We picked up on beer brewing about a year ago. It was one of those rare weekends where we had nothing planned and wanted to do something different. Since then, we’ve brewed several batches of beer and have moved from extract to all grain brewing. With the supply of our summer cream ale dwindling, we started planning for another all grain batch. We had an extra vial of White Labs California Ale yeast left in the fridge from our last brew batch and decided to make a Sierra Nevada Pale Ale clone and use the yeast. Since the Sierra Nevada Pale Ale is known for its crisp taste, we figured this would be a crowd pleaser around Thanksgiving.
Since our yeast has been stored in the refrigerator for a couple months, we prepared a yeast starter Tuesday night for the yeast to multiply. Our typical yeast starter recipe consist of:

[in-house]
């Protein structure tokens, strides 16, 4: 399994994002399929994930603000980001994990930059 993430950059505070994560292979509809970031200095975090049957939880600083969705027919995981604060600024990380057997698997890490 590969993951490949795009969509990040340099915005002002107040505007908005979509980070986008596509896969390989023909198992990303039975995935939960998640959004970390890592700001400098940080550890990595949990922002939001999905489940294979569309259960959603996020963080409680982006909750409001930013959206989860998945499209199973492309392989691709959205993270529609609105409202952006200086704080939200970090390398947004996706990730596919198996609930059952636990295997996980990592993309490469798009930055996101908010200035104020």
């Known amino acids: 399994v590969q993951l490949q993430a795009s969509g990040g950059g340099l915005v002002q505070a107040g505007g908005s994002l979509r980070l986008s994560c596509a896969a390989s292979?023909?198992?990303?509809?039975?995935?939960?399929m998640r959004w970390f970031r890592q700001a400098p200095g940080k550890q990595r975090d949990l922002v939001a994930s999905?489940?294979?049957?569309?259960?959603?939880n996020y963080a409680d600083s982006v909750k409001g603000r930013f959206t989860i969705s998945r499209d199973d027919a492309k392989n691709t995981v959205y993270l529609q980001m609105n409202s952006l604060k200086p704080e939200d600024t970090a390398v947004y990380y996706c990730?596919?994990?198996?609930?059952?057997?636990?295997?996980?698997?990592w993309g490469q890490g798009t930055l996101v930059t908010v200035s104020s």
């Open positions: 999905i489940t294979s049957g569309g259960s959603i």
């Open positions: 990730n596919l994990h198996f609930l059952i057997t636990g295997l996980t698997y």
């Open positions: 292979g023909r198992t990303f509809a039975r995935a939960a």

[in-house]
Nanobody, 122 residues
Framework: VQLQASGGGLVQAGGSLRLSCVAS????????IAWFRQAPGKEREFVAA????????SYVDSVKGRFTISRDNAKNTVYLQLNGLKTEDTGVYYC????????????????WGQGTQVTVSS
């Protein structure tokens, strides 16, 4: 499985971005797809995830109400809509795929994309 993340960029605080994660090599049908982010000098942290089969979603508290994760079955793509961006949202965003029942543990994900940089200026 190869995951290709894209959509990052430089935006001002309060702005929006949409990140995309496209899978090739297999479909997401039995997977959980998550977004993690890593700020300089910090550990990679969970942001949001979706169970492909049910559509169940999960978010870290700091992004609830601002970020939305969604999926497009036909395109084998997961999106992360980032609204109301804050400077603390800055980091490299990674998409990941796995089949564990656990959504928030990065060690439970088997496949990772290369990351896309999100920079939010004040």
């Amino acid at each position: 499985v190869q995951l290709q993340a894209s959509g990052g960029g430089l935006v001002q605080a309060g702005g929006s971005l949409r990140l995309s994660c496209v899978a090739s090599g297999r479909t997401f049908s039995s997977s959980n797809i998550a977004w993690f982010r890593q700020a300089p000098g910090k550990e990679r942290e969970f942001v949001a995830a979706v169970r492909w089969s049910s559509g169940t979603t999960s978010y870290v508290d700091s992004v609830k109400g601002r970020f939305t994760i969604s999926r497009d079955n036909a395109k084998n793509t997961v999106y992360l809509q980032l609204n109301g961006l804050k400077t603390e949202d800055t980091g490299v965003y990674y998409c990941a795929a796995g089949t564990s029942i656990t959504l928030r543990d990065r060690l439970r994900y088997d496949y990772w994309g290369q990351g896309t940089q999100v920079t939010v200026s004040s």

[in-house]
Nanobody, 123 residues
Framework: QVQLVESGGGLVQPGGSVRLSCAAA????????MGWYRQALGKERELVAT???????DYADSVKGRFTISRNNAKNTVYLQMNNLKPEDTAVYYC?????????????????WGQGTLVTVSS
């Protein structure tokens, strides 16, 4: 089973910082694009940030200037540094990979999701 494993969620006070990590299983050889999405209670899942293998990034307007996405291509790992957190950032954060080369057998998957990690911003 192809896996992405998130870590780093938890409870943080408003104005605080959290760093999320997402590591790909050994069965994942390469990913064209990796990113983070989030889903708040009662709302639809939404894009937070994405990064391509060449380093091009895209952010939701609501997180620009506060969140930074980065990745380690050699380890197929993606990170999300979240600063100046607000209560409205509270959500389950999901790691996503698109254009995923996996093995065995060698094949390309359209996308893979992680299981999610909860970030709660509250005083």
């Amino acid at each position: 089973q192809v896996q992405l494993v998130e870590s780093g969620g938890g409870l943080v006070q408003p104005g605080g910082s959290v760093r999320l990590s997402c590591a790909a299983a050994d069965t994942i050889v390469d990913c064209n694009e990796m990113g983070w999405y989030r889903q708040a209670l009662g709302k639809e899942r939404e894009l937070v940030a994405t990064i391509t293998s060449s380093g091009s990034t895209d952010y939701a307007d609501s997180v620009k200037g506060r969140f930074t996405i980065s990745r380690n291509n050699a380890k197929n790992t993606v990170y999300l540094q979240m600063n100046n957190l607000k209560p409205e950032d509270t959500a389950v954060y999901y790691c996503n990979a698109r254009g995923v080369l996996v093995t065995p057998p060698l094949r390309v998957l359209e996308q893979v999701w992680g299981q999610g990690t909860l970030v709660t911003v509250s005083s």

4 cups of water
1/2 cup of dry malt extract (DME)
1 vial of liquid yeast
We combined the yeast inside a sanitized growler once the water and DME combination came back to room temperature. It’s important to let the yeast acclimate to room temperature before pitching it in the water mix to avoid temperature shock for the yeast.
I picked up the rest of the brewing materials 2 days before brewing. In all, the recipe called for 10lbs of malt, 4 oz of hops and 1 vial of liquid yeast. Continue reading